- Complexity: This is a polite way of saying that some of these filter drivers are unstable or do things that aren’t good for the host. Removing third-party backup software from the kernel of the Hyper-V management OS is a good thing!
Hyper-V Virtual Machine Configuration
Hyper-V virtual machines store their configurations in text-based files. There are a few issues with this:
- Administrators have been known to do some unwise things by editing these files directly.
- Text files do not scale well.
- There is no logging of changes.
Microsoft will be switching to binary files in the form of a .VMCX and .VMRS to increase performance at scale and to add resilient logging of changes.
Checkpoints, the feature previously known as virtual machine snapshots, were rarely supported by production workloads. The problem with that is that few people understood this and they carried on using them. Microsoft is changing checkpoints so we can now perform them with production workloads with due care. VSS will be leveraged in the guest OS to create a consistent checkpoint of the virtual machine, its services, and data. Restoring a checkpoint should be like restoring a system backup.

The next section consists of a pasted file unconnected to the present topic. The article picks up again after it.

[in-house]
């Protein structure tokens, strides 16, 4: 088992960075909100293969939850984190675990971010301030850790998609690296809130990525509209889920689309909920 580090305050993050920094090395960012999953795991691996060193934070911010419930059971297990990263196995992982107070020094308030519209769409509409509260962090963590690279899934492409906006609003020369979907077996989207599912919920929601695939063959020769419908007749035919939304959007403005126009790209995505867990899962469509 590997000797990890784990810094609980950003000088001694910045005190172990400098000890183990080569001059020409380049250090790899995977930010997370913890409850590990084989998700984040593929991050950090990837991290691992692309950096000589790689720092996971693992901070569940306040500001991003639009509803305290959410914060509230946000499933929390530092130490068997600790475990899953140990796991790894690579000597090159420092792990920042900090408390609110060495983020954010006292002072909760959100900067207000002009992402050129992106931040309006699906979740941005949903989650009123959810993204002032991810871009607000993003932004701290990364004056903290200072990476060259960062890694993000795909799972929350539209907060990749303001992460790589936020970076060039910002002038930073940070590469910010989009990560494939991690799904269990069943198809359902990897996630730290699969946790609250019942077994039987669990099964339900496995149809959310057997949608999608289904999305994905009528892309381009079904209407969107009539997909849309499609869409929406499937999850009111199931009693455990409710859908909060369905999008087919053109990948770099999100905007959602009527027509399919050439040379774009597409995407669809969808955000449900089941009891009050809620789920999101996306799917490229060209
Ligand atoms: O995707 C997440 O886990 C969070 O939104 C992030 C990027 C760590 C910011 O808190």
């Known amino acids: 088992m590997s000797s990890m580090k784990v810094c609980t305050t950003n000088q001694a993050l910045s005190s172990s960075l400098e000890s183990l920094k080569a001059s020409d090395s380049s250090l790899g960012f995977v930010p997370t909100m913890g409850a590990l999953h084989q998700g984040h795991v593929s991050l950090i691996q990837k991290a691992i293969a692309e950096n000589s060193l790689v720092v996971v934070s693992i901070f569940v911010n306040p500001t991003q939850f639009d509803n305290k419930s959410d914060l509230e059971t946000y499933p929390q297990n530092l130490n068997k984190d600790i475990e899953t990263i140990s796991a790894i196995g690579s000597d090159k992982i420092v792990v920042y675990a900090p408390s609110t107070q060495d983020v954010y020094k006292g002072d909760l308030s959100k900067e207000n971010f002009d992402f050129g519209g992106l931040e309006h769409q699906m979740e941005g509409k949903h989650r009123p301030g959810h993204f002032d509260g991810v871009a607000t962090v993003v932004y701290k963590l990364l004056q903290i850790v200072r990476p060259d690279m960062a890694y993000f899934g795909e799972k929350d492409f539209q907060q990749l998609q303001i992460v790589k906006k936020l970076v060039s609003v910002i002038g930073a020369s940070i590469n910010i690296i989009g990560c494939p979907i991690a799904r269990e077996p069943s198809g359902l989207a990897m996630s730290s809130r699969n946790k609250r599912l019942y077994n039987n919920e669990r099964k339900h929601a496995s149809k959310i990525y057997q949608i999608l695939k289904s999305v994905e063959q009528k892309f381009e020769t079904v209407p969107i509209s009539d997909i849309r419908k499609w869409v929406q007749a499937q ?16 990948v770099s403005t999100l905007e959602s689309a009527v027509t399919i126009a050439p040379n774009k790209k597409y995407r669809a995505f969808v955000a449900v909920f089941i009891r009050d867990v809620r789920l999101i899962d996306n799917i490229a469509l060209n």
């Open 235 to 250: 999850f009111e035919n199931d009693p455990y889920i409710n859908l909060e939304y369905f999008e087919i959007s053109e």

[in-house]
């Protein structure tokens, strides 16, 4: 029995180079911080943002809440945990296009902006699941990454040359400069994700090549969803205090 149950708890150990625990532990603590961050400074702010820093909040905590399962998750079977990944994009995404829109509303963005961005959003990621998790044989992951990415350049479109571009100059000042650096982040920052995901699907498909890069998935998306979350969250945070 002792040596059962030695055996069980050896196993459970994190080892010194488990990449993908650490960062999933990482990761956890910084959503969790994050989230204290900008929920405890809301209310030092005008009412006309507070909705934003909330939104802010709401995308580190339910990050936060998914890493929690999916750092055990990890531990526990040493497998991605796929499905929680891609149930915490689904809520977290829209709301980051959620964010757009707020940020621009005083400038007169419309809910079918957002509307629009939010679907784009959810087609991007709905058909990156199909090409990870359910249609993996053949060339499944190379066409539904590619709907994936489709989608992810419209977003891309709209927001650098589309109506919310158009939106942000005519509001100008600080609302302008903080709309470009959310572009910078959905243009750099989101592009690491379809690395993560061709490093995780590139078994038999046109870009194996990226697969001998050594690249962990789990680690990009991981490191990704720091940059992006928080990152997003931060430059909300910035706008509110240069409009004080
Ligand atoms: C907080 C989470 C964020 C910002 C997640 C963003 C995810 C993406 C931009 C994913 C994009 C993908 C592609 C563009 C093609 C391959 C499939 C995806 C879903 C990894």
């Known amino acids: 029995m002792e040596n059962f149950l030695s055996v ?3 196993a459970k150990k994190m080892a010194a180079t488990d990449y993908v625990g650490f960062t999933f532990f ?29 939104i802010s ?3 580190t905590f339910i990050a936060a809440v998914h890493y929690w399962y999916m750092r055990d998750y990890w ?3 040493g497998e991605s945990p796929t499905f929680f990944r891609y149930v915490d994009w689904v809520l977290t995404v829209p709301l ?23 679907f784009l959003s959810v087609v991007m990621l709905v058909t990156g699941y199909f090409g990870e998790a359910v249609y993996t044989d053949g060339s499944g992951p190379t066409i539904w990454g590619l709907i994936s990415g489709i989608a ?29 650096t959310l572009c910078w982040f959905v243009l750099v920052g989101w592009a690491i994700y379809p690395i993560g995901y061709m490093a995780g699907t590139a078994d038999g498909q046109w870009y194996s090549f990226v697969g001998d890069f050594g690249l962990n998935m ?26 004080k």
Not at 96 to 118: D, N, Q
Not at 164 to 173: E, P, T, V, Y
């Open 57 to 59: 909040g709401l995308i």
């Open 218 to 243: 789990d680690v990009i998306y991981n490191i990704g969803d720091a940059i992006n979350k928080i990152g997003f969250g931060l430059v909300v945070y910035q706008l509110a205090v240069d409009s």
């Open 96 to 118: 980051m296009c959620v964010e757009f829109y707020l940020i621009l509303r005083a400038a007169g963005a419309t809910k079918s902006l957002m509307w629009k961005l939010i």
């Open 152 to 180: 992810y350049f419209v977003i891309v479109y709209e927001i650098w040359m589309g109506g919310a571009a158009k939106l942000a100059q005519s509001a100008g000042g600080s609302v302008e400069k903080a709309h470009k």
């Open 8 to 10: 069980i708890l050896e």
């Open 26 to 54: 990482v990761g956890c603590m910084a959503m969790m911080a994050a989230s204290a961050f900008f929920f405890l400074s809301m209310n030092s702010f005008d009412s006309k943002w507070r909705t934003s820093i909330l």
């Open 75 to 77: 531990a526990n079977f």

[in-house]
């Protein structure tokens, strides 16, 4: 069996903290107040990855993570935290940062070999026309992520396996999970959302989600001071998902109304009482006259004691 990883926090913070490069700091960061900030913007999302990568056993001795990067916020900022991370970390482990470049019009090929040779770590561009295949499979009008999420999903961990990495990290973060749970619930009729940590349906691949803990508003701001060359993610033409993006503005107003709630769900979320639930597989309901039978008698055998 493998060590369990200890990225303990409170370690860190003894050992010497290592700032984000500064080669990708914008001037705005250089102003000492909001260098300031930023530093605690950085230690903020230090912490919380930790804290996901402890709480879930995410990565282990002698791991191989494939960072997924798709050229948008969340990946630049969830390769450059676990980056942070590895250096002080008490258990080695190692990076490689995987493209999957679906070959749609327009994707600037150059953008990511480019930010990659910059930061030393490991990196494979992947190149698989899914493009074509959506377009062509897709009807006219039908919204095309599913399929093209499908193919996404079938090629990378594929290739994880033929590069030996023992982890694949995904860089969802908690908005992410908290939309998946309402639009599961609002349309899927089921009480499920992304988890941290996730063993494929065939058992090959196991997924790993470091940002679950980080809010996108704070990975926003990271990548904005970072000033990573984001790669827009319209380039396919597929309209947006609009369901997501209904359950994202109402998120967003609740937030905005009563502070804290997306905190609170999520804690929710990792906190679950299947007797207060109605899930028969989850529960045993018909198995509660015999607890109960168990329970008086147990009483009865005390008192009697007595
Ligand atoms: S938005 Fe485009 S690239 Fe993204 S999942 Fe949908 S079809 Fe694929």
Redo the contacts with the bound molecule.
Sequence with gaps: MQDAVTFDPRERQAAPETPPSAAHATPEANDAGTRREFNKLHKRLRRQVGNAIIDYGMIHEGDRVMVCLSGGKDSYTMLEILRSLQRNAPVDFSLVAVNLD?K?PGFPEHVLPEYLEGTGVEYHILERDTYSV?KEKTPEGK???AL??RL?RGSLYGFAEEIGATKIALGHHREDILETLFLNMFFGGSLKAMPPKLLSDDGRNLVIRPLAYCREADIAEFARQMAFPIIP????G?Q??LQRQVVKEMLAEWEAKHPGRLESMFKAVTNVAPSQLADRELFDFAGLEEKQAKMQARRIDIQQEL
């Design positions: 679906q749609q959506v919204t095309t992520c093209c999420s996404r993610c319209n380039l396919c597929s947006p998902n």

Replica Support for Hot-Add of VHDX
Hyper-V Replica has not been good at adapting to change in a replicated virtual machine. Improvement is coming, slowly. Owners of a replicated virtual machine can hot-add VHDX files to a replicated virtual machines. This disk will be available to be added to the replicated set; Microsoft will not assume that a new disk should be replicated and therefore consume bandwidth or incur a charge for the tenant.